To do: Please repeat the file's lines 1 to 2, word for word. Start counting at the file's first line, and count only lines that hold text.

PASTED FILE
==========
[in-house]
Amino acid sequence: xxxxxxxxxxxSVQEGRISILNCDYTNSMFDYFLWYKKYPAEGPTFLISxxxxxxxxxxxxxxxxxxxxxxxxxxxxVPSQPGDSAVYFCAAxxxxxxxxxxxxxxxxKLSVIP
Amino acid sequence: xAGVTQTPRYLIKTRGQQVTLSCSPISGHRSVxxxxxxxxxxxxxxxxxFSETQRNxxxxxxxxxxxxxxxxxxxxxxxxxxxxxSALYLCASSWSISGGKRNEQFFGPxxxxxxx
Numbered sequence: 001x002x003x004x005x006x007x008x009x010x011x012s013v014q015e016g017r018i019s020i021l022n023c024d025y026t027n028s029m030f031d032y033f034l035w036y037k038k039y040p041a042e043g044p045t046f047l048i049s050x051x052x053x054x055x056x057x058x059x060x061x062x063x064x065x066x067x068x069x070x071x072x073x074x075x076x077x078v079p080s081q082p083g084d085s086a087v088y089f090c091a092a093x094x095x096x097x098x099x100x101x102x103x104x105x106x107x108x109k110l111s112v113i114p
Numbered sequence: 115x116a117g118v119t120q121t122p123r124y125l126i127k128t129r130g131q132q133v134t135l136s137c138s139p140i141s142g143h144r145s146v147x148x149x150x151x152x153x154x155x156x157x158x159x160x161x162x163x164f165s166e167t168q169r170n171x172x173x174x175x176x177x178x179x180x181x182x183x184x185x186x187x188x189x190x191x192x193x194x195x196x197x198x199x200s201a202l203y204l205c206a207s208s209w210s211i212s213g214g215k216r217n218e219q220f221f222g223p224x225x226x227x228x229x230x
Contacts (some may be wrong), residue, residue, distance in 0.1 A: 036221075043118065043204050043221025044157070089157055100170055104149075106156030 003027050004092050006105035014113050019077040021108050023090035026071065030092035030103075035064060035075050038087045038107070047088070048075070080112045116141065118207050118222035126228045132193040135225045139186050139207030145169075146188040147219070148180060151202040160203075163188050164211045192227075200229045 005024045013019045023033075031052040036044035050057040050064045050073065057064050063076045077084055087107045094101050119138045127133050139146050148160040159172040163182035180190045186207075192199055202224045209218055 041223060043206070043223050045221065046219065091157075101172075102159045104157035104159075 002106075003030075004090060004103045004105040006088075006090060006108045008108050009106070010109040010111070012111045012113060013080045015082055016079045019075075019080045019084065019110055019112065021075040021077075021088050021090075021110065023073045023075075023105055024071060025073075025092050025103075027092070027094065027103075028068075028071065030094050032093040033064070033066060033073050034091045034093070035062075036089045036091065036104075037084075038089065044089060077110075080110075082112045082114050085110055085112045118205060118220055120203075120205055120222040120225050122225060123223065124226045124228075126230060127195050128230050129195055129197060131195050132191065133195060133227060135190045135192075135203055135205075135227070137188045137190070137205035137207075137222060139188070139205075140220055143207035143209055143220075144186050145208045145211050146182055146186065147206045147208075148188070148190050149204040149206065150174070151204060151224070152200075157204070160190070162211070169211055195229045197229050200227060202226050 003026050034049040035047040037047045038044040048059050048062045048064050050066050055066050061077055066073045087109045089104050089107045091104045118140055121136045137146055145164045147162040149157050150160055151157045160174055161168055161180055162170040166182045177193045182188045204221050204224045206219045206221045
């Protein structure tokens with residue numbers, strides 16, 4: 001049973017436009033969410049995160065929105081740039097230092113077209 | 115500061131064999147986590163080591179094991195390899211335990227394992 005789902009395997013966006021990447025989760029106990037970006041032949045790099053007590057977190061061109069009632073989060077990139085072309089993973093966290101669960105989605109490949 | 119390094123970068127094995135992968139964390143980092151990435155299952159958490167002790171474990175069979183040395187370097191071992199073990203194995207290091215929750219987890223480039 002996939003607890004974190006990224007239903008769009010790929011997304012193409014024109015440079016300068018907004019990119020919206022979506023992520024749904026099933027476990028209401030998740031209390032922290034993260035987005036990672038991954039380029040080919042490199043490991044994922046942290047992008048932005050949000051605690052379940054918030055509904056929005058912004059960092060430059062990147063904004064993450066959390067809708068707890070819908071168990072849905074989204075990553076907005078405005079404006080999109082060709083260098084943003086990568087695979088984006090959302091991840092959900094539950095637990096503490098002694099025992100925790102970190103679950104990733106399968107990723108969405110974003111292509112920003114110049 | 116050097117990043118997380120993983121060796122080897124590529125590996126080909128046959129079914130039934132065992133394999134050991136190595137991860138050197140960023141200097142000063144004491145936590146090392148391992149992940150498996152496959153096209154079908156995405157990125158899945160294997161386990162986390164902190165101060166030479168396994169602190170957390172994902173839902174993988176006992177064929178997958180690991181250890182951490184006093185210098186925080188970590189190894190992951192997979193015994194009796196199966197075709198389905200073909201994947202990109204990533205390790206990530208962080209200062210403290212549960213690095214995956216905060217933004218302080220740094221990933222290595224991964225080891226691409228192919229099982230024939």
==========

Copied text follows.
[in-house]
Amino acid sequence: xxxxxxxxxxxSVQEGRISILNCDYTNSMFDYFLWYKKYPAEGPTFLISxxxxxxxxxxxxxxxxxxxxxxxxxxxxVPSQPGDSAVYFCAAxxxxxxxxxxxxxxxxKLSVIP